1 – The lifting of emergency law, 2 – A free media, 3 – Opposition parties to be allowed.

He was then taken from the prison in a chauffeur-driven car and released close to home, a couple of days passed and the general rang to say he is will get back to him soon.

“At this time the protesters were not asking for the president to go, we wanted reform through him, it was his chance, then a protest took place the following Friday and for some reason the brother of president, Mahar, ordered the first shootings of protesters, the general never bothered to call back”.

Then Ali remembers, he knew… he recounts “When I saw the first dead bodies I knew it was the end for the president, our demands changed, he and his regime had to go”.

The more blood is spilled here the more the regime’s days seem numbered, I ask Ali if he thinks the protester’s would have stopped had the president given into their demands, isn’t the nature of these protests to completely overthrow and replace the regime? “Yes” he admits smiling in a childlike way. “Shall we meet tomorrow night and drink Arak?” I ask him as I put on my coat to leave, after all, drinking in the park is, for now, one small freedom that is still tolerated in this dictatorship.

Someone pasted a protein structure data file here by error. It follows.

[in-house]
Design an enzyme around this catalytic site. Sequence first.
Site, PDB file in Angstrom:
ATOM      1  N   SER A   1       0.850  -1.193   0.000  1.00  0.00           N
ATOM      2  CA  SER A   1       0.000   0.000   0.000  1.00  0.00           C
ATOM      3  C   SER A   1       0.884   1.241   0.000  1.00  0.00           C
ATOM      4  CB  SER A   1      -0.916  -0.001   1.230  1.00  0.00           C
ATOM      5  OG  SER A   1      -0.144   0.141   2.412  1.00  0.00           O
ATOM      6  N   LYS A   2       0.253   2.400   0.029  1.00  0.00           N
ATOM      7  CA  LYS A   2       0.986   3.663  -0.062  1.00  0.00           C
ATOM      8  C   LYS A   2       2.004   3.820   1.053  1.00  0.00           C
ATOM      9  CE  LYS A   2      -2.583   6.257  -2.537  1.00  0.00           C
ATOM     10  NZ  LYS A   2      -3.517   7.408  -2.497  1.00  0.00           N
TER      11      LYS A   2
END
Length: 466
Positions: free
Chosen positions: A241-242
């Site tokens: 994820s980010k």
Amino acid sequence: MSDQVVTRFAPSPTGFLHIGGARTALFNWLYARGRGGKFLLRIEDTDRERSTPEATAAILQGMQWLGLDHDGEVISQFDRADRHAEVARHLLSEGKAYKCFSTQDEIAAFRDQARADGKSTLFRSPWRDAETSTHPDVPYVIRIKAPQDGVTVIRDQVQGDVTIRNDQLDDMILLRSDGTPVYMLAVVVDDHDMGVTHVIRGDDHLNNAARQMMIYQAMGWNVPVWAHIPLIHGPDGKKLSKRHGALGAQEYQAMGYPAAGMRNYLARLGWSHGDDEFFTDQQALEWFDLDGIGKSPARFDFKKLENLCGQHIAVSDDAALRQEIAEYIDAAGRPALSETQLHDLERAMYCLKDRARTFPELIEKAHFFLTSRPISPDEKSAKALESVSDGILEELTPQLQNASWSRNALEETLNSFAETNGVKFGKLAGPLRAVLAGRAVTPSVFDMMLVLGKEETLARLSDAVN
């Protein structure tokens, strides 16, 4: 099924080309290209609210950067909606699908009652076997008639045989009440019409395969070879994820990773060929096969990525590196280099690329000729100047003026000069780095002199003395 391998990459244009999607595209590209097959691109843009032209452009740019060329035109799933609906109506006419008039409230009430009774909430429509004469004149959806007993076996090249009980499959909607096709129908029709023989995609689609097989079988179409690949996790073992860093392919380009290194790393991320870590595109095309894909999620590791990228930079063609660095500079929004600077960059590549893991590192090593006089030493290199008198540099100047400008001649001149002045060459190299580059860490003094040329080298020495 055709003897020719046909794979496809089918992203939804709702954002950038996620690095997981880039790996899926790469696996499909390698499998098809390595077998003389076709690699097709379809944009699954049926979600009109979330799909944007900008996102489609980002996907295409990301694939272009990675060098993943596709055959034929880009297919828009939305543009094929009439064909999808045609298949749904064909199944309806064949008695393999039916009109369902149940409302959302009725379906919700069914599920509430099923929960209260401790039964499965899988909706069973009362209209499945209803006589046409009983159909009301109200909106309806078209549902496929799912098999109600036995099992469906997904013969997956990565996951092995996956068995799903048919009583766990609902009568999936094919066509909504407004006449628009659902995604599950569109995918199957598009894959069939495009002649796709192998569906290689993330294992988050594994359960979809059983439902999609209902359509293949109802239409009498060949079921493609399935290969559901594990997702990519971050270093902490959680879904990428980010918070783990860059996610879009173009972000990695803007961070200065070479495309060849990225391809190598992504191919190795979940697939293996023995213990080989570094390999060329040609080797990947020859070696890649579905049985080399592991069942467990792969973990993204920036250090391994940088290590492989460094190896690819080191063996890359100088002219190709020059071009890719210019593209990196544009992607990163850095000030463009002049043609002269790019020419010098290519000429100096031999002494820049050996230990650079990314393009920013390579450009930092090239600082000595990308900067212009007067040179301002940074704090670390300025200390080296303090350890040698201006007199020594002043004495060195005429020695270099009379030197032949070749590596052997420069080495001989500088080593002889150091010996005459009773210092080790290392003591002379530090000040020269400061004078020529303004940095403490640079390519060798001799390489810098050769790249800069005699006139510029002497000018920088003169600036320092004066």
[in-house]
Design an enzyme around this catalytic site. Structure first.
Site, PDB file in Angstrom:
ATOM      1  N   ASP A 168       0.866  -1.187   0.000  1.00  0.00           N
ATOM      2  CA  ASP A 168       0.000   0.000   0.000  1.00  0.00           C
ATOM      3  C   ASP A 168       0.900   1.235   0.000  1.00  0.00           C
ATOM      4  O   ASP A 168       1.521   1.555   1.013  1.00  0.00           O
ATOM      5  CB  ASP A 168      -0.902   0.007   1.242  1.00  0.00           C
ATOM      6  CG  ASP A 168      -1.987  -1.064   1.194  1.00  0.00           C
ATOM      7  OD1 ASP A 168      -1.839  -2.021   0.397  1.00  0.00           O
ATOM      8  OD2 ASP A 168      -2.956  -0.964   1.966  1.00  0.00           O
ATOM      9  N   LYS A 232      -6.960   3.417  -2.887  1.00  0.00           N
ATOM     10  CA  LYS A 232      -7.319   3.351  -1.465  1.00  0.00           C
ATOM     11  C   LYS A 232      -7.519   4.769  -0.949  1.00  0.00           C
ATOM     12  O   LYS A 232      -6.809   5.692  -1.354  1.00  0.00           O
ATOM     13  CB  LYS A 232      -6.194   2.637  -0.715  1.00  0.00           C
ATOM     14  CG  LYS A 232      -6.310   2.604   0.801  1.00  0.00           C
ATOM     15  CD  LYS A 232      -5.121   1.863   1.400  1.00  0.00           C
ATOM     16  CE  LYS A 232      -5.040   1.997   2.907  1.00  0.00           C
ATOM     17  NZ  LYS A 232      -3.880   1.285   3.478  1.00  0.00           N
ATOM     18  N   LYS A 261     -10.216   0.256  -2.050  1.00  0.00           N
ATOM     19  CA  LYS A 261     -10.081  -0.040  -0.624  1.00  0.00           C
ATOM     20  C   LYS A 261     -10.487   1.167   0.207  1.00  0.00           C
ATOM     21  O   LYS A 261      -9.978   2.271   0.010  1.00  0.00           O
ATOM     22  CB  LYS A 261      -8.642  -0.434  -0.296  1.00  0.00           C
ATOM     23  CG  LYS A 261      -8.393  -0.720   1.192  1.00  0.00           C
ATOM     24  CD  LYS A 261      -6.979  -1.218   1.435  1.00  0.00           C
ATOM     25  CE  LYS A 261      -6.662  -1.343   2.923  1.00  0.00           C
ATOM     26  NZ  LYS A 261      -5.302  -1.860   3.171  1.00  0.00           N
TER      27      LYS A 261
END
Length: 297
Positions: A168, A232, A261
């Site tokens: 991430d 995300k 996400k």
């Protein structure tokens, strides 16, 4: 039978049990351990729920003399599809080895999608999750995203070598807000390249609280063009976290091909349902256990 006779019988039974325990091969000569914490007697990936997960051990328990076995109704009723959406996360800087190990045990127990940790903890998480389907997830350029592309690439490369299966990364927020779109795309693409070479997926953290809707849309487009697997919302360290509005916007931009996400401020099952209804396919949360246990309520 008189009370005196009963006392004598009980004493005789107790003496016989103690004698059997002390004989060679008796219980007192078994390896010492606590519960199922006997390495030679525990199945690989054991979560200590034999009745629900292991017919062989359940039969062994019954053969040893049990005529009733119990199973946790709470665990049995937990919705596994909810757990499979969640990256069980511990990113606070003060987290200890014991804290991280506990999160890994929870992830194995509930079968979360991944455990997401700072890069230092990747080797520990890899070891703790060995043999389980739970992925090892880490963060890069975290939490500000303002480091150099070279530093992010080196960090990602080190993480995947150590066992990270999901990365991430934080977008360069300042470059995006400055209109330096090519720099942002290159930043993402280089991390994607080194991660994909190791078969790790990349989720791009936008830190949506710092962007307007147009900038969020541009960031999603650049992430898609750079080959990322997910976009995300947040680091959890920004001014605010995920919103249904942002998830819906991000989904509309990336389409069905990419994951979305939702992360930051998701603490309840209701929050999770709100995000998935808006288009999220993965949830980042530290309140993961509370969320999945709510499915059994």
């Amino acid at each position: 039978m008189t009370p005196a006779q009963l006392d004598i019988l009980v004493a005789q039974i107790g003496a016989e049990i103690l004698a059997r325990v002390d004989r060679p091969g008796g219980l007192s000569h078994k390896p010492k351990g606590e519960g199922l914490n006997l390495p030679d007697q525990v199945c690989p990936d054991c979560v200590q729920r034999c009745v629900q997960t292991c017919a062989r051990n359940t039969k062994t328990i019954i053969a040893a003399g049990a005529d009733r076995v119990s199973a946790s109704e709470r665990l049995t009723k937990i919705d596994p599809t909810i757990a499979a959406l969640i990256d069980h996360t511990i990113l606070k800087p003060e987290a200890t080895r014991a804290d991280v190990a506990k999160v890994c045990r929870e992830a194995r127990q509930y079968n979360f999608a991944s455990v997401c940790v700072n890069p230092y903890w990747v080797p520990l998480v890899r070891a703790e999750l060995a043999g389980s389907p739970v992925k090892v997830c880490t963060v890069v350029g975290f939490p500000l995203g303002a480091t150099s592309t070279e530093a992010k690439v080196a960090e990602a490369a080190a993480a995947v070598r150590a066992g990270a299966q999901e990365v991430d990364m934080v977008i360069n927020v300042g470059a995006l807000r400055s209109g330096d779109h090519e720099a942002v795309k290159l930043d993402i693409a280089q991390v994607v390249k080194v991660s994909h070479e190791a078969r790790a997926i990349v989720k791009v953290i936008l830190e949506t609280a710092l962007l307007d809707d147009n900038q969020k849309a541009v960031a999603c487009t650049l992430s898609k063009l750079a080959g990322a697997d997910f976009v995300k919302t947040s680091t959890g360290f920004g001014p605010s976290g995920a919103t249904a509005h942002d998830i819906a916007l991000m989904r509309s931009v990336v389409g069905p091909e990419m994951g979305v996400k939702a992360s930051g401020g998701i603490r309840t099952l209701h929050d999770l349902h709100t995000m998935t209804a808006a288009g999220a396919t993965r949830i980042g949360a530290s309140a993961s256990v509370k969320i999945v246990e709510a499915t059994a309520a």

The opposition groups here recently estimated that over 500 protesters had been killed and that up to 1000 were missing – despite the supposed lifting of emergency law, the authorities still raid peoples homes and effectively kidnap people in the middle of the night, their whereabouts remaining unknown.